According to the latest Nation in Transit 2020 report by Freedom house, the most Western Balkans countries face mostly negative assessments related to the level of respect for human rights, rule of law or the promotion of democracy. This is especially regard to Montenegro and Serbs, who are classified as “hybrid regimes” for the first time since 2003.
In addition to a number of reasons listed for each country individually, which relate to: court independence, work of government institutions, political situation, media freedom, level of corruption, etc., especially important are those that can have a regional character:
- The report also included the basic conclusions of the research “Perceptions and attitudes of young people about politics in Montenegro” from 2019, conducted by the Westminster Foundation for Democracy. According to the survey, 70.3% of young people think about leaving the country, 55.3% think that personal rights and freedoms are generally not respected, while 48.6% of them think that politicians do not take them into account at all.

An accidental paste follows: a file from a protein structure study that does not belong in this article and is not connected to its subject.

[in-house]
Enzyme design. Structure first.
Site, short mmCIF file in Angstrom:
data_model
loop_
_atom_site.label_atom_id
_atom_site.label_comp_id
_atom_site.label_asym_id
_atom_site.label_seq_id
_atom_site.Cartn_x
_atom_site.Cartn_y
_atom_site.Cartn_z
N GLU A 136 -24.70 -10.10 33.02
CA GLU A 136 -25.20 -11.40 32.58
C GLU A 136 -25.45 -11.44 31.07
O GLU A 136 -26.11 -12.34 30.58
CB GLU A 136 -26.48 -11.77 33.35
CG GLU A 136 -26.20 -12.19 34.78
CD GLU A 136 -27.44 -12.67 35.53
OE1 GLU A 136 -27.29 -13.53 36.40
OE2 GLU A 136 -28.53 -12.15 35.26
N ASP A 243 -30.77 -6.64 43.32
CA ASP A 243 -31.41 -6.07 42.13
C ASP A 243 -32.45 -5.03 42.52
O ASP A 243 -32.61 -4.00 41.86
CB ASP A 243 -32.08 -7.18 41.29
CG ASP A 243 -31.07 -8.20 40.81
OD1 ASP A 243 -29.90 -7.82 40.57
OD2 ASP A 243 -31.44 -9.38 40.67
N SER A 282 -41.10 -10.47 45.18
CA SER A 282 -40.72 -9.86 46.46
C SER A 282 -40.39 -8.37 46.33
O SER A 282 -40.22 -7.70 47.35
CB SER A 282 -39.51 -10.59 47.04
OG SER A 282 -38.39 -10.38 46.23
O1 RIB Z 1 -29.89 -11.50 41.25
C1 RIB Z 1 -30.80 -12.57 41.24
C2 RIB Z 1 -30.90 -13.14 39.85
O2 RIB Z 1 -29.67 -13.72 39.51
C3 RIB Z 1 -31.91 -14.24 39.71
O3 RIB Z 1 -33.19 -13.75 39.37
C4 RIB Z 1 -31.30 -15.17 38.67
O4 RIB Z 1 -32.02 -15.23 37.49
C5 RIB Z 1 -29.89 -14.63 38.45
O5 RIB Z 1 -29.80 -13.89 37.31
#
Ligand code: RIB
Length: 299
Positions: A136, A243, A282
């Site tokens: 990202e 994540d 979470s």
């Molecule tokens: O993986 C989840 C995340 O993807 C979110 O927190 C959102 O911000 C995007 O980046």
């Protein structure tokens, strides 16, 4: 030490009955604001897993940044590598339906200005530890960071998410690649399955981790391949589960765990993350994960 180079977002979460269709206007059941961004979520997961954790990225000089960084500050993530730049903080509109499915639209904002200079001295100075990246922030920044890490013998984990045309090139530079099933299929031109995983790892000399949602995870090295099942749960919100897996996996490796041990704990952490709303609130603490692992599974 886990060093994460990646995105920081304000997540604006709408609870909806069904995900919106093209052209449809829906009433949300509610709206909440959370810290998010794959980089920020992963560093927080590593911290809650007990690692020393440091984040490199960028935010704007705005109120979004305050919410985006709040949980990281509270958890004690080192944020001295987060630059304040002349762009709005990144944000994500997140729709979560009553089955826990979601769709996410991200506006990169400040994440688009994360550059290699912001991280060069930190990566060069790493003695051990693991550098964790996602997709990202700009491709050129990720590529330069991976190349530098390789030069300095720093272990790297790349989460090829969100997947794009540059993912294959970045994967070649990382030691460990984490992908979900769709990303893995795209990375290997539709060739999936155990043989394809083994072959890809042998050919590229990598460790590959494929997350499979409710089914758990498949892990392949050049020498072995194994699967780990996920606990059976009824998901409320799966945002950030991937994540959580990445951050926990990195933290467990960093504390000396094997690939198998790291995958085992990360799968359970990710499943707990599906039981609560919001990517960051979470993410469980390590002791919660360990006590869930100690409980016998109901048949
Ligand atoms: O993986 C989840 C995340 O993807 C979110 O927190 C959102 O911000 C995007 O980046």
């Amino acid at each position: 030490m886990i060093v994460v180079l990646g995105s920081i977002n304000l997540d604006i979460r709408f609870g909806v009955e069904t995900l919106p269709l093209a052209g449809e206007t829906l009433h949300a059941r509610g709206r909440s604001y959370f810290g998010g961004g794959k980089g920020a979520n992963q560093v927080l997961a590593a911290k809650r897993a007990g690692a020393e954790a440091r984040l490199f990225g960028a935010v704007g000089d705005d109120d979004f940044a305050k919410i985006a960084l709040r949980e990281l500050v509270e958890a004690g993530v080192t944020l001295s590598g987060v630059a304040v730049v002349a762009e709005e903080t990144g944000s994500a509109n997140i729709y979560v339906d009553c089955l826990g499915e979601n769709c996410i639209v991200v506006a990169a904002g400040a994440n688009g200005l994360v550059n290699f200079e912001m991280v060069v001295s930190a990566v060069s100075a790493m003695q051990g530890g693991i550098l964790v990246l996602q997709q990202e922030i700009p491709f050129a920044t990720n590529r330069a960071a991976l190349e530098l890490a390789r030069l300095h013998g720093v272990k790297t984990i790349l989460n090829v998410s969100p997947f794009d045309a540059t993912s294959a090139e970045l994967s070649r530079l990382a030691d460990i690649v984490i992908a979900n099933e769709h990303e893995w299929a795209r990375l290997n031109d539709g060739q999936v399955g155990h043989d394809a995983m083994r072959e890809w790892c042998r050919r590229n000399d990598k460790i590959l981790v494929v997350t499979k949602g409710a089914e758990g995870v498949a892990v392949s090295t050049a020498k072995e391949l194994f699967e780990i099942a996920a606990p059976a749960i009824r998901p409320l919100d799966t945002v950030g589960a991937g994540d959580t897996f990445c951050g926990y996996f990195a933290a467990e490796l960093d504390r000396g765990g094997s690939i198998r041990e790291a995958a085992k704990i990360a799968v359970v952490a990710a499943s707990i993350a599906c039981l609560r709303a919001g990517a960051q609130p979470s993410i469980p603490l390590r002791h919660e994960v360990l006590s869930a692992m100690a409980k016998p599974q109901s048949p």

- According to a study prepared by the Fiscal Council of Serbia, Serbia’s economic growth was about 1% lower than possible due to weak rule of law and high corruption, while the lack of expected investments (public, private and foreign) represented about 0.7% growth. The need for domestic private investors was especially emphasized.
- In Bosnia and Herzegovina, trade union action is guaranteed by law, but workers face a number of obstacles and often have limited bargaining power in practice. Although the right to strike is legally protected, the Federation Labor law contains significant obstacles to the exercise of this right.
- The report stated that there is a high level of “informal economy” in Northern Macedonia, which endangering the business of numerous micro and small enterprises, as well as the position of workers who in such a condition facing with many abuses by employers.
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